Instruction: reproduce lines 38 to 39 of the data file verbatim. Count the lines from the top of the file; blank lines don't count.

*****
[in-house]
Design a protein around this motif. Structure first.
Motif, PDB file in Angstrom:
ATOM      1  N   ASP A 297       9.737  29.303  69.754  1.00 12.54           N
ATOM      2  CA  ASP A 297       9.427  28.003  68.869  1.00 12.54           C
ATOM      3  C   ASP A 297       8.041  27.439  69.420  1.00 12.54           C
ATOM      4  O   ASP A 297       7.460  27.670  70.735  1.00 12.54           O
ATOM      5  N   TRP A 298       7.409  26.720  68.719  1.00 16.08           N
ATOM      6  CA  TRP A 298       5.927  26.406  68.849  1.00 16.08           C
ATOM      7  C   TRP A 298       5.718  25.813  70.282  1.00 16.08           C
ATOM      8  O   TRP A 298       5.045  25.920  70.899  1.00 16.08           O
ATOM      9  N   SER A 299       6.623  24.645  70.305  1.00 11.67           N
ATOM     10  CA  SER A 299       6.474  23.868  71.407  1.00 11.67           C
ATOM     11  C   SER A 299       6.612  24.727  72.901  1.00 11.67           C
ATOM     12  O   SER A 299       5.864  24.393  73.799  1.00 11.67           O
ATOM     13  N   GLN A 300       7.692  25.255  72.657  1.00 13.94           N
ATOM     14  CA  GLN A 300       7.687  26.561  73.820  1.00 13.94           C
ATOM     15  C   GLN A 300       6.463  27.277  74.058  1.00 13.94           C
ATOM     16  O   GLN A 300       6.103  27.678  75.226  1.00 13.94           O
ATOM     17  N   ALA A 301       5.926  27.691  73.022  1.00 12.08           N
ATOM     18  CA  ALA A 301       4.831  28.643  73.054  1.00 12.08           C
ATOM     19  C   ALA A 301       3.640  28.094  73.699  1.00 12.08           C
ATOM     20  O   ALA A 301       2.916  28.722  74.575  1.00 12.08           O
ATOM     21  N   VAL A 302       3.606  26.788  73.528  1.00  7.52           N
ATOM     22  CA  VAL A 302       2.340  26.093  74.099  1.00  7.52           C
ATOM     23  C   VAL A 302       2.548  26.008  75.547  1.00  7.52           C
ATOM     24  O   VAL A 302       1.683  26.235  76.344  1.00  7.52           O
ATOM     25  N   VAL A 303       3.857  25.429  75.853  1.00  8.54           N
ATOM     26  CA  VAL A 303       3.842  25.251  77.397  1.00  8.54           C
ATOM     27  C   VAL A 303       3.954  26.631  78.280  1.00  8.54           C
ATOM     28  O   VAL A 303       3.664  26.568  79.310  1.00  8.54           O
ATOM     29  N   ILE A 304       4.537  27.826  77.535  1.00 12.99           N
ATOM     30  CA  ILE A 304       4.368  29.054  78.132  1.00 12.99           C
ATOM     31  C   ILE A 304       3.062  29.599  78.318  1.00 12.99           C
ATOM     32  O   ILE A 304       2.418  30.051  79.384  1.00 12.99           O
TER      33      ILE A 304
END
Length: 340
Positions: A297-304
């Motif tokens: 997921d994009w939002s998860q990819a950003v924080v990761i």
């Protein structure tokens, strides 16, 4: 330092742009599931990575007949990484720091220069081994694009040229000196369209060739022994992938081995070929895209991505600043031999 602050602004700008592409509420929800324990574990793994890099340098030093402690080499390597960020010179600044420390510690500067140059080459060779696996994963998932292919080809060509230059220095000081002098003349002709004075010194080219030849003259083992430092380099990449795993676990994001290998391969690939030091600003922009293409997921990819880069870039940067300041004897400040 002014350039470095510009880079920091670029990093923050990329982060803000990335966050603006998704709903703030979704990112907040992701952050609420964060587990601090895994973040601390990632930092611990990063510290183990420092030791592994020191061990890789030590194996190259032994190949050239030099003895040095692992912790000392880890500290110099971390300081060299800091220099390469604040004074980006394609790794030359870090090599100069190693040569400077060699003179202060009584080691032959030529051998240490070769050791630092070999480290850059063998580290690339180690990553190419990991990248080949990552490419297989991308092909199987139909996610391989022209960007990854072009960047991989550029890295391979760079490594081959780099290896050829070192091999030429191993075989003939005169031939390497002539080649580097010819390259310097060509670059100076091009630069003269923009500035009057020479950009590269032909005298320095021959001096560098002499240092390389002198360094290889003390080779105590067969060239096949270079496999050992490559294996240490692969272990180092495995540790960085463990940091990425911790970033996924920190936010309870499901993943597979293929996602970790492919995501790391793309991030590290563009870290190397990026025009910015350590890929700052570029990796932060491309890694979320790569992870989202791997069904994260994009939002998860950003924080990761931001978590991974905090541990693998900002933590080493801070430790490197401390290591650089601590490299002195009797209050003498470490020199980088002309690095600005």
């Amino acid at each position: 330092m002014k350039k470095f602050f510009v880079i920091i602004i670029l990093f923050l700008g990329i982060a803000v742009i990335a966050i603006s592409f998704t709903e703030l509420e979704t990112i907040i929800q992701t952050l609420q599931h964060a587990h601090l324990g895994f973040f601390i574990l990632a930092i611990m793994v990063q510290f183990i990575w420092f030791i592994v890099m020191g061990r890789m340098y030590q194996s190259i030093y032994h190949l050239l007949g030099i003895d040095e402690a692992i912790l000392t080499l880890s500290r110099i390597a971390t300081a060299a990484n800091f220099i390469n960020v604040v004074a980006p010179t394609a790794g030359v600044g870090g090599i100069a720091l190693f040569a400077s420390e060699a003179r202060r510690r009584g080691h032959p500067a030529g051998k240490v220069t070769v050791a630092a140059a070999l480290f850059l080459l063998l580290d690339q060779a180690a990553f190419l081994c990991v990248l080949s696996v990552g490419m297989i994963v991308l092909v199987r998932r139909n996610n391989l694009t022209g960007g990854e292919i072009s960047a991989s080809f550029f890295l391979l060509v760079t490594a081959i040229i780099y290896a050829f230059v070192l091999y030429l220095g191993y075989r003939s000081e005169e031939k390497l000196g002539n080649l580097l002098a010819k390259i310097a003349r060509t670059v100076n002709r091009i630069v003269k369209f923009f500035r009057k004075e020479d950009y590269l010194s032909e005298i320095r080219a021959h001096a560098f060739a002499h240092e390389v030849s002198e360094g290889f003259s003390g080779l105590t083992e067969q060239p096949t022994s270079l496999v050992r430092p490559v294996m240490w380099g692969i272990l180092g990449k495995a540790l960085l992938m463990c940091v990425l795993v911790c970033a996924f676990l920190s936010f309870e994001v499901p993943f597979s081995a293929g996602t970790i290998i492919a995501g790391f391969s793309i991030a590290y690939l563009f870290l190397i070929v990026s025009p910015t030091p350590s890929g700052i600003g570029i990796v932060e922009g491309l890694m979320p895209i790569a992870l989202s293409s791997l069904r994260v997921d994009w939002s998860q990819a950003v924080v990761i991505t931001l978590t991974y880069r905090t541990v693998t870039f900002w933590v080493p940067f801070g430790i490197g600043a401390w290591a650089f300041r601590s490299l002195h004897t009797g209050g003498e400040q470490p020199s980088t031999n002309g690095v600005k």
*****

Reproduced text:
Length: 340
Positions: A297-304